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Unformatted text preview: MATH 232 a. Course is about Linear Algebra b. Came about through study of equations which are linear c. Has developed into a framework and set of tools which are basic and useful (1) to all of mathematics and (2) in many applications 1 1.1 Systems of Equations Some motivating examples: Generally, we consider equations involving vectors vectorx = x 1 . . . x p R p where R = real numbers, but for now simply consider p = 1 and the scalar equation 2 x = 3 for x R . Solve using the tools of arithmetic: If 2 x = 3 then 1 2 2 x = 1 2 3, so x = 3 2 This seems trivial, right? But what about x = 3 What can x be? x = 0 What can x be? Notice: We have examples where there is a unique solution , no solution , or infinitely many solutions SUMMARY: ax = b has unique soln ( x = b a if a negationslash = 0) no soln (if a = 0 , b negationslash = 0) infinitely many solns (if a = 0 , b = 0) 2 A more complicated example: Now take two variables x and y (so vectorx = bracketleftBigg x y bracketrightBigg ) E 1 2 x + y = 1 E 2 3 x 4 y = 3 manipulate one linear system to an...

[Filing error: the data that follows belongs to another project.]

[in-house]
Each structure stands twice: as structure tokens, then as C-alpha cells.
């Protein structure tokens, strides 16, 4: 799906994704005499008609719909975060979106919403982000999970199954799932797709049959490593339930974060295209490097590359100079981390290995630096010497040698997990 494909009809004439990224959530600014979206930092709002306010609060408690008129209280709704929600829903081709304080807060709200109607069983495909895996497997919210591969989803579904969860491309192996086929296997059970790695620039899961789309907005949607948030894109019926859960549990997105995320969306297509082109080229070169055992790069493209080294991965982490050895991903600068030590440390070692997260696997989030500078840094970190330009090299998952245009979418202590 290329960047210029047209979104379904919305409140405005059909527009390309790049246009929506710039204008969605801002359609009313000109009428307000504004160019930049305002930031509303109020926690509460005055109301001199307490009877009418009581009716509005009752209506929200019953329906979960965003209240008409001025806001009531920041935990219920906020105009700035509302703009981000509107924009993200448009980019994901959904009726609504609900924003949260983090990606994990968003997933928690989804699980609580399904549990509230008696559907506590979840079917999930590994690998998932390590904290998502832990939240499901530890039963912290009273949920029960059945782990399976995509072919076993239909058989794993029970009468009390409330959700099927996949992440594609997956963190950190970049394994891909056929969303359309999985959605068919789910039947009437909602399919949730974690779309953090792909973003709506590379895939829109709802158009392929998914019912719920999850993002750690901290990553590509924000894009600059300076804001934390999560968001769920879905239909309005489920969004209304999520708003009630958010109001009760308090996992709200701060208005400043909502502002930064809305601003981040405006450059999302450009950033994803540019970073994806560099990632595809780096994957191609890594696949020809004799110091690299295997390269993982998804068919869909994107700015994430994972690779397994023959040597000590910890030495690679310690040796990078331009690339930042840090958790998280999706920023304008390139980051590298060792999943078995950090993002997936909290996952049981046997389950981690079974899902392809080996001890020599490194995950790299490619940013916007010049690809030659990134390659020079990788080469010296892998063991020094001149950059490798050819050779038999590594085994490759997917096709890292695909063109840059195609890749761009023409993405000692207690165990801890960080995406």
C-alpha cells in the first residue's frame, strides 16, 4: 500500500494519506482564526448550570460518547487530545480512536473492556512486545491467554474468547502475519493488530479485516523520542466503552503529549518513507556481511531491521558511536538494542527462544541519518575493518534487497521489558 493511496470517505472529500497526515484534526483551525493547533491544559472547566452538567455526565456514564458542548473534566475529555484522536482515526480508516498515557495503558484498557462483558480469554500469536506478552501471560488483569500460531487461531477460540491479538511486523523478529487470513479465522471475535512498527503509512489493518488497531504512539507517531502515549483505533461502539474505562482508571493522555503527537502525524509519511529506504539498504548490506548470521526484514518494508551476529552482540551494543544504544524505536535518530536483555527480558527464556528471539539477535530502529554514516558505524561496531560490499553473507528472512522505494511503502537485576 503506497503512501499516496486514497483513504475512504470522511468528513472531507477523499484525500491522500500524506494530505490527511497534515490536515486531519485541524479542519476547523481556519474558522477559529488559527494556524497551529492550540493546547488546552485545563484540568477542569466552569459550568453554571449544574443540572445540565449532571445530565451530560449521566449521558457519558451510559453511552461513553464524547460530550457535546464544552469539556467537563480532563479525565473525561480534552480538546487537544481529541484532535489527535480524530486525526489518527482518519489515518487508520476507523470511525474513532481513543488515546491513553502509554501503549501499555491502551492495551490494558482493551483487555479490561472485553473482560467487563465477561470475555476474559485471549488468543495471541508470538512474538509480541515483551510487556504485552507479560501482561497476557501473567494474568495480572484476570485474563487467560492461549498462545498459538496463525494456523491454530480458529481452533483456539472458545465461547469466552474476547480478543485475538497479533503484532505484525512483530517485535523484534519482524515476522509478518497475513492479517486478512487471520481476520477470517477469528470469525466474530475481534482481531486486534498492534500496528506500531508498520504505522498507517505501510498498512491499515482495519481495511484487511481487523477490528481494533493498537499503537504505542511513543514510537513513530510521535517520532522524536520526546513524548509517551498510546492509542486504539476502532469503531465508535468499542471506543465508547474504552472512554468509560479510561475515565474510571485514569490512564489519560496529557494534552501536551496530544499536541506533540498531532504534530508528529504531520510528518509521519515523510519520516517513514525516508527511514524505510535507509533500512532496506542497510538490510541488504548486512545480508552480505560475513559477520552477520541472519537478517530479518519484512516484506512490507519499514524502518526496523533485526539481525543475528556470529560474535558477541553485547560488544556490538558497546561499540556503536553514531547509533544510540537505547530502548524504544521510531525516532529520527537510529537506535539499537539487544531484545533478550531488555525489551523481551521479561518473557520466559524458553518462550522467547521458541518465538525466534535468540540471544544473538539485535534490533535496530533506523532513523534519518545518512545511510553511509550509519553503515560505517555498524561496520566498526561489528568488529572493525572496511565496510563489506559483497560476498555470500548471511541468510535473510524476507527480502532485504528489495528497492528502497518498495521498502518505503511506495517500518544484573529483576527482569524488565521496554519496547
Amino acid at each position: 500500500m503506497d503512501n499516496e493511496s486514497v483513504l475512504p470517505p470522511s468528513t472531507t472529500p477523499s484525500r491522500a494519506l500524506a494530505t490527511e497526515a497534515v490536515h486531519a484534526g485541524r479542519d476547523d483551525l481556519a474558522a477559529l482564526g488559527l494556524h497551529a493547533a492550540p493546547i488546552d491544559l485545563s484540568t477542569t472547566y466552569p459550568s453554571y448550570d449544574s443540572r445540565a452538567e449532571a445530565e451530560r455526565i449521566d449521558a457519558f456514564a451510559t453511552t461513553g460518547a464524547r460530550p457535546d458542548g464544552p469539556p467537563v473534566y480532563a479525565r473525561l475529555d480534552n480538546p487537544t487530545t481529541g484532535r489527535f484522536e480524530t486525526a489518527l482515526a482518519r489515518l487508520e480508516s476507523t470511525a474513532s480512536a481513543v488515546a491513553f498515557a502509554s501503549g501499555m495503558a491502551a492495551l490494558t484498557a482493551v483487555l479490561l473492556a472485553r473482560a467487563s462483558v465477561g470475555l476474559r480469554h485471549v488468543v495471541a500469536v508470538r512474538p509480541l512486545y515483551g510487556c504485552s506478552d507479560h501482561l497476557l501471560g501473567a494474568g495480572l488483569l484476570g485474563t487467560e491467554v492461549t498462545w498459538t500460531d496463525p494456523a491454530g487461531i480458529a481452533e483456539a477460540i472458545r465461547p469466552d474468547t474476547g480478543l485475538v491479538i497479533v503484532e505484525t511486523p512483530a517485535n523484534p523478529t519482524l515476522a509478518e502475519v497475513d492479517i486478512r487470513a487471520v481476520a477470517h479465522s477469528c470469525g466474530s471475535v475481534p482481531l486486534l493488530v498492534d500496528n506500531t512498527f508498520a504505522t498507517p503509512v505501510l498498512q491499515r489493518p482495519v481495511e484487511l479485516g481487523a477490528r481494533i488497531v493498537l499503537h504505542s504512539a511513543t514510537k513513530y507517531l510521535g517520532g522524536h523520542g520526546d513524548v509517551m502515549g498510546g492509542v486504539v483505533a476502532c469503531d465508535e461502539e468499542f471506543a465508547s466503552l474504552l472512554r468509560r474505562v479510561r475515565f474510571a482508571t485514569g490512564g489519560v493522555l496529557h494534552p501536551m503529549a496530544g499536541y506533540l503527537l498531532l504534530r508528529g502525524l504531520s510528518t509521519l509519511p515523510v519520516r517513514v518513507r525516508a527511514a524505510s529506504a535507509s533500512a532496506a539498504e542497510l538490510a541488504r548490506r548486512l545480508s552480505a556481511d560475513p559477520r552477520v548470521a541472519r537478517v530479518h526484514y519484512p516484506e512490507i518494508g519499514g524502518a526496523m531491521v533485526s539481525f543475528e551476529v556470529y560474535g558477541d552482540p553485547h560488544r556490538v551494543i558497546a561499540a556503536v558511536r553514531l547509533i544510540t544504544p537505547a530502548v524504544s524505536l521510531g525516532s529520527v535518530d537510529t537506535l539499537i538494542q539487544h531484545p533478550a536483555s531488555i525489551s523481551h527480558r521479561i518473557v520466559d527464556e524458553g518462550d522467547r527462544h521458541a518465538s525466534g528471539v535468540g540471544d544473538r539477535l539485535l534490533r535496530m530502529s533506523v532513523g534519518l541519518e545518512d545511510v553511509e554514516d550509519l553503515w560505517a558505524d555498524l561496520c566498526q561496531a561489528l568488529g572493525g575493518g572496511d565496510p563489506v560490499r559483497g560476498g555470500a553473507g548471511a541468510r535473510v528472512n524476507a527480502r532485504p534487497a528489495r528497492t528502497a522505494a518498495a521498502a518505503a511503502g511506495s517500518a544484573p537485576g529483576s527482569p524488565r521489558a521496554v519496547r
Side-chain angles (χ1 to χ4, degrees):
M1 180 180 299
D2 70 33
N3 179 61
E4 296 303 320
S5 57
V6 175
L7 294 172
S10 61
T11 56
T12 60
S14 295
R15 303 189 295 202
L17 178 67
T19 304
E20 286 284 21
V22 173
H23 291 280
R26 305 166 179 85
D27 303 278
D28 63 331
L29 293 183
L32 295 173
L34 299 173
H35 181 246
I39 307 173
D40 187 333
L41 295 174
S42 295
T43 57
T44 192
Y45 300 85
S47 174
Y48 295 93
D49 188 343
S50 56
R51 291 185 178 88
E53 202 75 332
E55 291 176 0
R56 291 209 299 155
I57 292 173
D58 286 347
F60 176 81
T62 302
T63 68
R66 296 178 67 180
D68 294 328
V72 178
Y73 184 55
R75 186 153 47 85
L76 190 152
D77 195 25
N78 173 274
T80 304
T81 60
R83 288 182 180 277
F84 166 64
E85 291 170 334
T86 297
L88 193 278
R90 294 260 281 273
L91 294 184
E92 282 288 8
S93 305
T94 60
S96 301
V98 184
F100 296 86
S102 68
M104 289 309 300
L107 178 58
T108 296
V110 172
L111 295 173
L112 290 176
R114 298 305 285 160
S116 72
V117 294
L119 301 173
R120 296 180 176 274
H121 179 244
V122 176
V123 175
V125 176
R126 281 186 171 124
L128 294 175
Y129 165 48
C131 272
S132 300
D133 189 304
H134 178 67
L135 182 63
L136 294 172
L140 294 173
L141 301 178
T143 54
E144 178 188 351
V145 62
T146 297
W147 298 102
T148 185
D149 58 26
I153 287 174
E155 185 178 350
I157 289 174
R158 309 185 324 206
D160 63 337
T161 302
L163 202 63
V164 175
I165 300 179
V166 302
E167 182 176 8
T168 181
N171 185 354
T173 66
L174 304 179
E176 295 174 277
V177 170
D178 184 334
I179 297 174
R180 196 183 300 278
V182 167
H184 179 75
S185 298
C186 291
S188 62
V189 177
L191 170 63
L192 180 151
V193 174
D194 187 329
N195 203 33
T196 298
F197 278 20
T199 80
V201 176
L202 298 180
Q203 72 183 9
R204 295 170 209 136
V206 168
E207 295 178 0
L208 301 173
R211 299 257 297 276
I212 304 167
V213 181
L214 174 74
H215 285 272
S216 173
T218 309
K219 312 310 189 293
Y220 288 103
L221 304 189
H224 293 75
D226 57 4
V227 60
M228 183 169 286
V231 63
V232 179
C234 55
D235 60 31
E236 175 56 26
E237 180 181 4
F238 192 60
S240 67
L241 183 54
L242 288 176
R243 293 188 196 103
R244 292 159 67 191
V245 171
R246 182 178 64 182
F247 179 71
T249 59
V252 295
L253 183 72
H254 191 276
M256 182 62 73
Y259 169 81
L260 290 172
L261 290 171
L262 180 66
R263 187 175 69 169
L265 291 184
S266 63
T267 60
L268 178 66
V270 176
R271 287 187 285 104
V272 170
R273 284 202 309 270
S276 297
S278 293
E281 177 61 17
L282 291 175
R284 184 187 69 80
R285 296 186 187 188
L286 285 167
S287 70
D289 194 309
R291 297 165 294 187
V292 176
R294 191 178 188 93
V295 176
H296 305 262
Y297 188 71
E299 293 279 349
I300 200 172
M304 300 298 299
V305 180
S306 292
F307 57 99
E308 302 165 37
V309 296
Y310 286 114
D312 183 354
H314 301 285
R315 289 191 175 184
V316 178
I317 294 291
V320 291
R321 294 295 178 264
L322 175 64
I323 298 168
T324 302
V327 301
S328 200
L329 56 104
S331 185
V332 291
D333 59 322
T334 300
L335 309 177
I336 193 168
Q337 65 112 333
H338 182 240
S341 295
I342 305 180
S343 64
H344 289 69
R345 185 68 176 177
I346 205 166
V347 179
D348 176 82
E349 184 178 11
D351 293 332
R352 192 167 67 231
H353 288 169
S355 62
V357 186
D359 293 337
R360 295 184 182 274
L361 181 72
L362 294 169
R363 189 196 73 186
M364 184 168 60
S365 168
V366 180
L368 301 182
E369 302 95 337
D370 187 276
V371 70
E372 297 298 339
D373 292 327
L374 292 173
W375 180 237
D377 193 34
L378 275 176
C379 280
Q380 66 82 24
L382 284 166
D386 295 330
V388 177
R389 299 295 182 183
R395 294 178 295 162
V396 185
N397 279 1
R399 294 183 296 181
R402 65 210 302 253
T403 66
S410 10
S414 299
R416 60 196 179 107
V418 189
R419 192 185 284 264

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 Spring '10
 Russel
 Linear Algebra, Algebra, Equations

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